Investigators Called In After Voting Machine Passwords End Up Online

Investigators Called In After Voting Machine Passwords End Up Online

( – Democrats continue to insist that last year’s presidential election was fraud-free and “the most secure election ever” – but evidence of just how insecure it was keeps piling up. Now, Colorado is caught up in yet another scandal related to the notorious Dominion voting machines.

On August 9, Colorado Secretary of State Jena Griswold (D) announced that officials are investigating election security in the state’s fourth-largest county. The probe was triggered when passwords, provided by Dominion Voting Systems, for Mesa County’s voting machines were posted online.

Griswold claimed the passwords were found on a “far-right blog” and insisted there was no risk to election integrity. However, if state officials find any violation of password procedures, they could decertify the county’s machines for future elections. Matt Crane, president of the Colorado County Clerks Association, said they take “any credible information that questions the integrity of the conduct of our elections” seriously.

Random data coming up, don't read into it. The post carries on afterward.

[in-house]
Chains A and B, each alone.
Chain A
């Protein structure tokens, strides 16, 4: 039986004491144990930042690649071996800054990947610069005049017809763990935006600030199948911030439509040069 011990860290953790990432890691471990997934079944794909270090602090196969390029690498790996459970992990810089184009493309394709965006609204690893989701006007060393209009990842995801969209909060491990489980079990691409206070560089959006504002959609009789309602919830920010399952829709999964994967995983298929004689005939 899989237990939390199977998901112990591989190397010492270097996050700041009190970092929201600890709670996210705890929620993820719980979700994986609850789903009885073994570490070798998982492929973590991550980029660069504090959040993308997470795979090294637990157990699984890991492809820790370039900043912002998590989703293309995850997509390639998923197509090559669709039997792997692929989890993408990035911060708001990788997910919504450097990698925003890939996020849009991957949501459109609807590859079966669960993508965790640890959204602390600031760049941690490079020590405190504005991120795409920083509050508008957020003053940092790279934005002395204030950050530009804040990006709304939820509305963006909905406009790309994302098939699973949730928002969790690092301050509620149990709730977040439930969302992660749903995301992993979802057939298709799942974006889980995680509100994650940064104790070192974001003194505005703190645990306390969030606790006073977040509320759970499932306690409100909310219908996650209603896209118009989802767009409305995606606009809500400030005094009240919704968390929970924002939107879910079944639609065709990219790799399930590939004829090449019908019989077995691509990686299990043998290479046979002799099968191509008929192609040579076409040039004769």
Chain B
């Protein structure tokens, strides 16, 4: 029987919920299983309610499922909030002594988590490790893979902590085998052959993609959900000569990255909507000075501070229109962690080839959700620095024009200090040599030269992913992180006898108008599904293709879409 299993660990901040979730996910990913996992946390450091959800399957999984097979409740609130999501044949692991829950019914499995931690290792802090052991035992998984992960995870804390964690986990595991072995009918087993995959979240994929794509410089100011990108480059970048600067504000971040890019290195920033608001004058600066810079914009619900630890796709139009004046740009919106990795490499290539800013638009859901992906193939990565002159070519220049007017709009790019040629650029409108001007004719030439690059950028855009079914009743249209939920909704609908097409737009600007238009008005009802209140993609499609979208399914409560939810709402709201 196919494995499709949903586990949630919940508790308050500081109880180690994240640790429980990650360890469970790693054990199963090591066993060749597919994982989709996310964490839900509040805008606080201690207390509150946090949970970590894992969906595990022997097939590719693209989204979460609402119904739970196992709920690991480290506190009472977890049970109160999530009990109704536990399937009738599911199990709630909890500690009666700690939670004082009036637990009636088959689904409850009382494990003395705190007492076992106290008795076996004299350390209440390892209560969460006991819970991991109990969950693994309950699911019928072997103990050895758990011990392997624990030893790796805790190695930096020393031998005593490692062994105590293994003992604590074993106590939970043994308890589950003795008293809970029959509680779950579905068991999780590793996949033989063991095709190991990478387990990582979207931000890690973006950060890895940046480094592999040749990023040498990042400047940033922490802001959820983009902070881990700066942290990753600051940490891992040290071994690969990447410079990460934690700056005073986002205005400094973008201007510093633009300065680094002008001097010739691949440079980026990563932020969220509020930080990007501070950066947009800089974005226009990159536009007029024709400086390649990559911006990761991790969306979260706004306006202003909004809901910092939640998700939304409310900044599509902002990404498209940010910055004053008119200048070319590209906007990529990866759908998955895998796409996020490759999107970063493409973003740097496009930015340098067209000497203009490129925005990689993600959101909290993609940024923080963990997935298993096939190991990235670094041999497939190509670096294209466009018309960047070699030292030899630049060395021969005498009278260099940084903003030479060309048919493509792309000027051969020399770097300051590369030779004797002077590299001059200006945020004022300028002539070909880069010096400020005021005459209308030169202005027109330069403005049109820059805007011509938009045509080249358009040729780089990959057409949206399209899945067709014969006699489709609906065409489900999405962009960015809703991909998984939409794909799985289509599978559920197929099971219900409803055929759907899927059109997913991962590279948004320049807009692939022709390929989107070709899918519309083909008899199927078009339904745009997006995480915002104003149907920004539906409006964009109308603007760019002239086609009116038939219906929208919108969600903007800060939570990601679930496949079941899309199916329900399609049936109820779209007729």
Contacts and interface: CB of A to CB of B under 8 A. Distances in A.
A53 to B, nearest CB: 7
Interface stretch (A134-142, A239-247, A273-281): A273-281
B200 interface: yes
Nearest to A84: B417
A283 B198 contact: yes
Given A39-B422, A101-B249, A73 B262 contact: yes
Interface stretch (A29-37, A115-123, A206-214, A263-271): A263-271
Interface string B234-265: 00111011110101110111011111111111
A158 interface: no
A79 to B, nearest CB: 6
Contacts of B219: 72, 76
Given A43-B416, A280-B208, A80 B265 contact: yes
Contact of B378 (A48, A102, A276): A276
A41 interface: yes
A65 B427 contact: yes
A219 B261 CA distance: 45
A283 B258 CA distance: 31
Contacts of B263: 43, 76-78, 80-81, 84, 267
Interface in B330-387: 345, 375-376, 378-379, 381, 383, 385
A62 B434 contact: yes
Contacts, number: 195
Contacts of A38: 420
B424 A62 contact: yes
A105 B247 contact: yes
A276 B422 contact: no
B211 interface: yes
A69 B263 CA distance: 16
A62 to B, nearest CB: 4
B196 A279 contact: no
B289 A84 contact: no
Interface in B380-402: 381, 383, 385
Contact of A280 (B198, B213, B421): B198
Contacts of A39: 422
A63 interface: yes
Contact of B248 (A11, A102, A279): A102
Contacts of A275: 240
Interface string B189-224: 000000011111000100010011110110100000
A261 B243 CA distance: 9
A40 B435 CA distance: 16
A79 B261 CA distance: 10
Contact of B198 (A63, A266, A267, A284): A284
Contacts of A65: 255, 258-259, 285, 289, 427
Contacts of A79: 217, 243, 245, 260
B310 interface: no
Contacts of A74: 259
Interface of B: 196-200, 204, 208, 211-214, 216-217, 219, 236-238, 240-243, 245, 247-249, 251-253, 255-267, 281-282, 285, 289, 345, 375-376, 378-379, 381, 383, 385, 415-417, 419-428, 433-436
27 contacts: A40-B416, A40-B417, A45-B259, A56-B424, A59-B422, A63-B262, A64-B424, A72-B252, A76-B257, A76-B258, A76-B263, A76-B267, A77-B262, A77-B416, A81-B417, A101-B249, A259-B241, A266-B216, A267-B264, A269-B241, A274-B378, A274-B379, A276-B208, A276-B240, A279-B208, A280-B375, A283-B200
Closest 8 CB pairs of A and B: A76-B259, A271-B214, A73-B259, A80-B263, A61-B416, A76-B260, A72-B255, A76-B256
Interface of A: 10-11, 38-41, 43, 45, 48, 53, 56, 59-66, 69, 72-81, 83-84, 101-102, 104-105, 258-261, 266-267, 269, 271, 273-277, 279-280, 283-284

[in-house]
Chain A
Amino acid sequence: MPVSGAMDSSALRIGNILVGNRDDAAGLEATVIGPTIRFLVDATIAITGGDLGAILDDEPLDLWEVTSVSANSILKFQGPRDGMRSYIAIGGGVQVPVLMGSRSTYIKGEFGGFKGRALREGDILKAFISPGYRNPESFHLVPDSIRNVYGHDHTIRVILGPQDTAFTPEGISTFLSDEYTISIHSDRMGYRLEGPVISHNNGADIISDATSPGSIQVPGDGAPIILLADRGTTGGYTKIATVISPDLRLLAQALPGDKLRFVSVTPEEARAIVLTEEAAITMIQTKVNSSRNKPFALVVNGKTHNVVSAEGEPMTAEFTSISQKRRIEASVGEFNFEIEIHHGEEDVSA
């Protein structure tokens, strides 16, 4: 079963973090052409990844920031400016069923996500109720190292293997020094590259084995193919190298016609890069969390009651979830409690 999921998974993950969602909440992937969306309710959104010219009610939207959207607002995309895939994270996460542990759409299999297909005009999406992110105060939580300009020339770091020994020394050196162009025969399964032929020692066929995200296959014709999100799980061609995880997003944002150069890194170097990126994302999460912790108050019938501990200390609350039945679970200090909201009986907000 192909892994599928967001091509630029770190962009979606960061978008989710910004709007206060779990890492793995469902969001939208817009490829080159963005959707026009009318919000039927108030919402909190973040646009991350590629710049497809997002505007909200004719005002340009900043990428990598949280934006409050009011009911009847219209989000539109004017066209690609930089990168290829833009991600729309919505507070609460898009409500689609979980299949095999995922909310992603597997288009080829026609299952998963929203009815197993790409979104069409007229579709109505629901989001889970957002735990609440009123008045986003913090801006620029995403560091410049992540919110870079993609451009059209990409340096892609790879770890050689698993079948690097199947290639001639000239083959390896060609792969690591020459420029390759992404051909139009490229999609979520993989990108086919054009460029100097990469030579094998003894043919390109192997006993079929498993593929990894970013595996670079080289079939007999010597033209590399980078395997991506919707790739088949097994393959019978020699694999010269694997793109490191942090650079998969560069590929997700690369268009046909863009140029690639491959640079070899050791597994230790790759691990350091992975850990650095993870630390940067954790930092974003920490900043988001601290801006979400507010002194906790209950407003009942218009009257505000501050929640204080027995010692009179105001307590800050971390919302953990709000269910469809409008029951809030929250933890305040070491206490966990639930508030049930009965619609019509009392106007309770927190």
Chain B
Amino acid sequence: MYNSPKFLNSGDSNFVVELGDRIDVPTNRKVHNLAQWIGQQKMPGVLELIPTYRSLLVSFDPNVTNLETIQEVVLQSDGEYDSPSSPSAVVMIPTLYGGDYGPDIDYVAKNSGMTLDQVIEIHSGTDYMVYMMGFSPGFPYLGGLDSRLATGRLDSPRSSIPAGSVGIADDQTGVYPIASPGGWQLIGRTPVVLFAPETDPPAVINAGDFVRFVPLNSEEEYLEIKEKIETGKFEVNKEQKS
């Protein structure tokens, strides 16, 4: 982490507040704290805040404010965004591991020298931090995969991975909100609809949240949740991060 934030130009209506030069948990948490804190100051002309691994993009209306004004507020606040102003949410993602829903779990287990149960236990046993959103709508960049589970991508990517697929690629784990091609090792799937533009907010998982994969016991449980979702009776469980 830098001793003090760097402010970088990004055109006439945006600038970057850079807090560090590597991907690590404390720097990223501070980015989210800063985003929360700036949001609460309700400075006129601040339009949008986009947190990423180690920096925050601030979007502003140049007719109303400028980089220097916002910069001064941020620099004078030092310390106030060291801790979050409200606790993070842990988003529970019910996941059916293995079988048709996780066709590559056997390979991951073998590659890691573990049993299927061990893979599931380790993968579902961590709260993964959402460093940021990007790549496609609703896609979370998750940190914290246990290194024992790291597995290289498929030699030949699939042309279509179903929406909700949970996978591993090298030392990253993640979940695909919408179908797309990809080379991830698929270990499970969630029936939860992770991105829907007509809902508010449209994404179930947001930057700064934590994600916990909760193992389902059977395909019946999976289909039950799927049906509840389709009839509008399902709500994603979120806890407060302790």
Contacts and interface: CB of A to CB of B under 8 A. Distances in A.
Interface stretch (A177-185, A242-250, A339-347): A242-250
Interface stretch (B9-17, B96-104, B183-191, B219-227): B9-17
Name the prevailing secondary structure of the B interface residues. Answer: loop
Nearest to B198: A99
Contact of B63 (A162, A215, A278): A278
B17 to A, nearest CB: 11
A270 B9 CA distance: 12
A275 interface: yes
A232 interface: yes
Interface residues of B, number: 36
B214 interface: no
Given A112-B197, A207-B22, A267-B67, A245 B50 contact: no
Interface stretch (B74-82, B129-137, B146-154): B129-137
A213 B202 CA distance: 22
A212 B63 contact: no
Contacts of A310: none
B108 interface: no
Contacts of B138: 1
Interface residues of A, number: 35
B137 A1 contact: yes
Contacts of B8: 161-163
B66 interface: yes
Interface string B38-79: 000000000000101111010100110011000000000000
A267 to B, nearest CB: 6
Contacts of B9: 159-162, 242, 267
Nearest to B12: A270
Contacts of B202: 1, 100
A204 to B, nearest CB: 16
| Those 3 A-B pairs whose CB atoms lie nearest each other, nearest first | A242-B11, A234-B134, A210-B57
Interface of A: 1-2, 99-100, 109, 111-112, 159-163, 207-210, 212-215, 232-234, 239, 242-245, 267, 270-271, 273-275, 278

This incident isn’t the first time Mesa County’s machines have come under suspicion. In January, the County Clerk, Tina Peters, warned the machines could count ballots more than once, and the software they used was vulnerable to manipulation. She reiterated those claims on the evening of August 10 at Mike Lindell’s Cyber Symposium.

Peters maintains her innocence. She says she has no idea how the passwords got onto the internet, but she’s wary of the Colorado Secretary of State, whom she says she does not trust based on current and previous dealings. We’ll update this breaking story as it develops.

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